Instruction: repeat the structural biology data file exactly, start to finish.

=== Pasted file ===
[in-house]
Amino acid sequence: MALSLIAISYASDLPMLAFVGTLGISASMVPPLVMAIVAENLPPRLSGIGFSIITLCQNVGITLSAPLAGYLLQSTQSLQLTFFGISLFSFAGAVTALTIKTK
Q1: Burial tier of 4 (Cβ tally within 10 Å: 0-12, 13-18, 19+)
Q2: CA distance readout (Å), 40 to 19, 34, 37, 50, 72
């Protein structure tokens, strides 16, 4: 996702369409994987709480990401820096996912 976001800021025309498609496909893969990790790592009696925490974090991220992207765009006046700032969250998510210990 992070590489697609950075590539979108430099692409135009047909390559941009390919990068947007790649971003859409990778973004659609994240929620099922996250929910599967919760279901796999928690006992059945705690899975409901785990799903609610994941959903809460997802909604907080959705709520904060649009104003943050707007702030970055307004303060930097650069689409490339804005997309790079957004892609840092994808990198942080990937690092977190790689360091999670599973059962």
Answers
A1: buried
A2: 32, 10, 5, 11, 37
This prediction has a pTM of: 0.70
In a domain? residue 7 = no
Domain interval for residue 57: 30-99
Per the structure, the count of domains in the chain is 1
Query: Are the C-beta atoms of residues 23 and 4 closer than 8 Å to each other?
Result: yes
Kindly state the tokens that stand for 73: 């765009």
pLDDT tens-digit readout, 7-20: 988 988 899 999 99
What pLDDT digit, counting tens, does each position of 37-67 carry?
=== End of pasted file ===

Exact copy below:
[in-house]
Amino acid sequence: MALSLIAISYASDLPMLAFVGTLGISASMVPPLVMAIVAENLPPRLSGIGFSIITLCQNVGITLSAPLAGYLLQSTQSLQLTFFGISLFSFAGAVTALTIKTK
Q1: Burial tier of 4 (Cβ tally within 10 Å: 0-12, 13-18, 19+)
Q2: CA distance readout (Å), 40 to 19, 34, 37, 50, 72
């Protein structure tokens, strides 16, 4: 996702369409994987709480990401820096996912 976001800021025309498609496909893969990790790592009696925490974090991220992207765009006046700032969250998510210990 992070590489697609950075590539979108430099692409135009047909390559941009390919990068947007790649971003859409990778973004659609994240929620099922996250929910599967919760279901796999928690006992059945705690899975409901785990799903609610994941959903809460997802909604907080959705709520904060649009104003943050707007702030970055307004303060930097650069689409490339804005997309790079957004892609840092994808990198942080990937690092977190790689360091999670599973059962």
Answers
A1: buried
A2: 32, 10, 5, 11, 37
This prediction has a pTM of: 0.70
In a domain? residue 7 = no
Domain interval for residue 57: 30-99
Per the structure, the count of domains in the chain is 1
Query: Are the C-beta atoms of residues 23 and 4 closer than 8 Å to each other?
Result: yes
Kindly state the tokens that stand for 73: 């765009």
pLDDT tens-digit readout, 7-20: 988 988 899 999 99
What pLDDT digit, counting tens, does each position of 37-67 carry?